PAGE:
Poignant, heartbreaking, informative, a story about the plight of women in Afghanistan and the effect that one generation has on the next.
Afghanistan: 1960s. Mariam is the illegitimate daughter of her mother’s former employer. Her and her mother are banished to the outskirts of Herat, where her wealthy father, Jalil, lives with his three wives and ten (legitimate) children. Each week, Mariam waits eagerly for her visit from Jalil. Her mother scorns her for admiring and trusting this man who cast her out, constantly reminding her that she is no more than a lowly harami (bastard). On the eve of Mariam’s fifteenth birthday, she begs Jalil to take her to Herat and let her meet her siblings. When he doesn’t show, Mariam decides to go to his home and instigate the meeting herself. This decision will alter her life irreparably, ripping her from everything she knows and thrusting her into a new life in Kabul.
Kabul: April 27, 1978. The PDPA overthrows Daod Khan’s government in a bloody coup and Laila is born. When she is only two, her older brothers go off to fight and she is raised in their shadows by a mother who cannot see beyond their absence. In lieu of siblings, Laila builds a close bond with a neighbourhood boy who lost a leg from a landmine. As teenagers, that friendship will blossom into romance. Laila’s father — a former teacher who was forced into hard labour when the new regime took power — raises her to believe that despite her gender, she can be anything she wants and that education is paramount to her success. But growing up in a war torn and highly patriarchal society, will take Laila along a decidedly different path than her father had dreamed.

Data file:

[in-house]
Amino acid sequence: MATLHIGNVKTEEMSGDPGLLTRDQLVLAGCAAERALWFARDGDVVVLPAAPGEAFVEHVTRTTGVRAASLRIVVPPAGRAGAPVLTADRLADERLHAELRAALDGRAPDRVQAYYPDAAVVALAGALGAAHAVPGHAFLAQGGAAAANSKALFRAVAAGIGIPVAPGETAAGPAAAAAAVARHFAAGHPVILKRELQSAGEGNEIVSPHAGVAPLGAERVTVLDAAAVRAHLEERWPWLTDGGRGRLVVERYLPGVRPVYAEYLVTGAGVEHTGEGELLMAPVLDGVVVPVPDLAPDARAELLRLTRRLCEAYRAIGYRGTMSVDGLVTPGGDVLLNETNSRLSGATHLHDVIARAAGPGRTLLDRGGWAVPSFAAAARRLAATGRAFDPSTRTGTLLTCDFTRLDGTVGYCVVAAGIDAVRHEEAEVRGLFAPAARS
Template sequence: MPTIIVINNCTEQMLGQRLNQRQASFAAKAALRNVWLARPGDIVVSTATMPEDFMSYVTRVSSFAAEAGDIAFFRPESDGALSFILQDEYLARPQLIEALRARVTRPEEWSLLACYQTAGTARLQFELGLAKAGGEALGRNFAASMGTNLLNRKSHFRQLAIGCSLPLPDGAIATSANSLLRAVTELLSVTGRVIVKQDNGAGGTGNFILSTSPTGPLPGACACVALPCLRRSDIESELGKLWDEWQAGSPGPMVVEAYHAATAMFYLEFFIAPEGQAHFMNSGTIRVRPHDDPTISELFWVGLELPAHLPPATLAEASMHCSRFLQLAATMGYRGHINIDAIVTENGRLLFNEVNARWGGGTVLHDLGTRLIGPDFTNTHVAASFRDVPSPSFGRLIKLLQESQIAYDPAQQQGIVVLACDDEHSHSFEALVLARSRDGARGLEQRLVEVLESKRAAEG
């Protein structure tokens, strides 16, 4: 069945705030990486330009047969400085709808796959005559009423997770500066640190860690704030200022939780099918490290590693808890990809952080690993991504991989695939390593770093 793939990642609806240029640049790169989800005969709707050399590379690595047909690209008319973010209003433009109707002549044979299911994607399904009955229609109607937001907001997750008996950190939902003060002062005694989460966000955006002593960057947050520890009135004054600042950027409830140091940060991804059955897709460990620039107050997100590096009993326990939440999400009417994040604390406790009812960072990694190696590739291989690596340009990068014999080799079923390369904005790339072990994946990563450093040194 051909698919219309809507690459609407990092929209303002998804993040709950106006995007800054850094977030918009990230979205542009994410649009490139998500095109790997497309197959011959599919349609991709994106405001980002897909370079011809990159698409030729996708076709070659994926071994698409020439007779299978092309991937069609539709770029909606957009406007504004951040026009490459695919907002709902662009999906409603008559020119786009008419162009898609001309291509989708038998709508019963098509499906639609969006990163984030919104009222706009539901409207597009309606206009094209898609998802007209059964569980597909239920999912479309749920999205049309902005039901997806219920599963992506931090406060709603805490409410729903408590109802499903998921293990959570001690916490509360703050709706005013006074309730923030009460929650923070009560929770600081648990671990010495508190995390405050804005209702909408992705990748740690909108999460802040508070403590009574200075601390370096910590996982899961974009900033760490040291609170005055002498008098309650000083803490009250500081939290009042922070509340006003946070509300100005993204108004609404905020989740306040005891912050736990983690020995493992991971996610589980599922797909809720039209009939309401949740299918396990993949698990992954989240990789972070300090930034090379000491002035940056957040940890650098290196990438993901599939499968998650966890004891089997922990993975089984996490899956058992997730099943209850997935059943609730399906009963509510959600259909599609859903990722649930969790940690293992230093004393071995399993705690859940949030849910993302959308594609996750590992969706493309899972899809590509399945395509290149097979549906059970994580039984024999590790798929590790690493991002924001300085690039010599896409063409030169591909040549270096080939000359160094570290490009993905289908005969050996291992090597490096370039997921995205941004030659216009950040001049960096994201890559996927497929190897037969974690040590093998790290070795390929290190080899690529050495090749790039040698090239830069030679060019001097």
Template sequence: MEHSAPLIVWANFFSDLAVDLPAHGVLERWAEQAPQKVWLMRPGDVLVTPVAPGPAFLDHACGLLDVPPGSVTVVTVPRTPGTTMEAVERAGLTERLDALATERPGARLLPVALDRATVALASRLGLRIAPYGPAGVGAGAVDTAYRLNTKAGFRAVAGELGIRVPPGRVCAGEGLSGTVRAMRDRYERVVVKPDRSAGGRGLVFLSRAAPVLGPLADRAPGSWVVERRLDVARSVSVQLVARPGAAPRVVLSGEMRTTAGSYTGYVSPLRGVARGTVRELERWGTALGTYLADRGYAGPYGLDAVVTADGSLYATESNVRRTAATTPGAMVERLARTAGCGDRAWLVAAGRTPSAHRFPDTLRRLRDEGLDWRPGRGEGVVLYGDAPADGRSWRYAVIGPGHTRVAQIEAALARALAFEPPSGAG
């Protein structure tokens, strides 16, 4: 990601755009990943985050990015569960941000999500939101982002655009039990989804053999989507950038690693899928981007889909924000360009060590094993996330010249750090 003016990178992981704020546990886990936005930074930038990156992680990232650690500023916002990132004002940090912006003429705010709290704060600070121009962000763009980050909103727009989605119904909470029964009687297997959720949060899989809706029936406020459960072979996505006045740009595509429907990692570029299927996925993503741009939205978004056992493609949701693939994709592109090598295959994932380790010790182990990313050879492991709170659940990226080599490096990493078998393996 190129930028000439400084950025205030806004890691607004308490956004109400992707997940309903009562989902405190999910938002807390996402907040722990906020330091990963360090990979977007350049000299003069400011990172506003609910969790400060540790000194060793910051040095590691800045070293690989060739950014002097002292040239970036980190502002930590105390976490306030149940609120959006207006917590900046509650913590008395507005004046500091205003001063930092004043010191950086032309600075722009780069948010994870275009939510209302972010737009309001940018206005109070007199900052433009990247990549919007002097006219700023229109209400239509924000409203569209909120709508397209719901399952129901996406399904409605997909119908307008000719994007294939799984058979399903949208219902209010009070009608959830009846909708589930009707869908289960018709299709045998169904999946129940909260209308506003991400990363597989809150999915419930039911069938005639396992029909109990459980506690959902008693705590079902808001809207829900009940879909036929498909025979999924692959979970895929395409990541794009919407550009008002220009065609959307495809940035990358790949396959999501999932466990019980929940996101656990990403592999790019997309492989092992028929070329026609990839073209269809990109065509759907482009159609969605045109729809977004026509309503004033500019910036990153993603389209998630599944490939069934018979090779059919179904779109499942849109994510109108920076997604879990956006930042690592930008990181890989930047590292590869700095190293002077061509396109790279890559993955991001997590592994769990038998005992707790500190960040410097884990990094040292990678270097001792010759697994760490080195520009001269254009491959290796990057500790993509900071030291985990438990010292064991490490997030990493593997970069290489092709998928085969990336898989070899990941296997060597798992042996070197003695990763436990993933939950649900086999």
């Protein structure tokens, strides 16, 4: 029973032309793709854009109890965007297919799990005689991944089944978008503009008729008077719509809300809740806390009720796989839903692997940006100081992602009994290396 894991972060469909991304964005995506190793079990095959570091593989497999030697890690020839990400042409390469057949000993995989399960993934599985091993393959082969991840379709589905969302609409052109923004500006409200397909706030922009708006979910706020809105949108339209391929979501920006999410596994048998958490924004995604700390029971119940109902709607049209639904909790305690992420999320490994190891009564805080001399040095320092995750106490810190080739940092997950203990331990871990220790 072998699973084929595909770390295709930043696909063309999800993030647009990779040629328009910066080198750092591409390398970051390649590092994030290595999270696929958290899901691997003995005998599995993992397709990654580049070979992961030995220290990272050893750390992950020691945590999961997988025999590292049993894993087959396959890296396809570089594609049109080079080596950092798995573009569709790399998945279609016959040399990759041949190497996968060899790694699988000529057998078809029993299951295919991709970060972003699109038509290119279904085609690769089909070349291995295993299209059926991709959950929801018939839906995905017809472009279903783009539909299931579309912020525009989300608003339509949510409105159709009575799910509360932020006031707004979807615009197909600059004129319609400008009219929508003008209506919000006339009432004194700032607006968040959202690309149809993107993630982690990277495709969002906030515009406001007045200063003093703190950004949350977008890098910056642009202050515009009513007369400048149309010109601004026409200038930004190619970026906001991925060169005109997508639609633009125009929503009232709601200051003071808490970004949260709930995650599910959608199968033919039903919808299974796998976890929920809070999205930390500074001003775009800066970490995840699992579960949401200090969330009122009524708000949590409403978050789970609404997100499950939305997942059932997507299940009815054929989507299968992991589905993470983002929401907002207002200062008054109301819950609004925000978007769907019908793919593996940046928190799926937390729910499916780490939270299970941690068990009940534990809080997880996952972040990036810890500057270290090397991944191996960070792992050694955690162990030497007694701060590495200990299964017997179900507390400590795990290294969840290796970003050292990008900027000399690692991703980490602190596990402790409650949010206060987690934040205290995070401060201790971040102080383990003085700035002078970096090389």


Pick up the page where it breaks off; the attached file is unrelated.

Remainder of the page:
Spanning over 30 years of instability in Afghanistan and told through the eyes of two incredible women, this story is a raw look at the discrimination and atrocious treatment that so many women face there and the incredible courage it takes to persevere. This book will make you cry (a lot) and will probably frustrate the hell out of you, no matter where you’re from. I also found it incredibly humbling to think about what so many women cope with around the world every day. Definitely worth a read, but be warned, this book will both inspire the dormant activist in you and break your heart.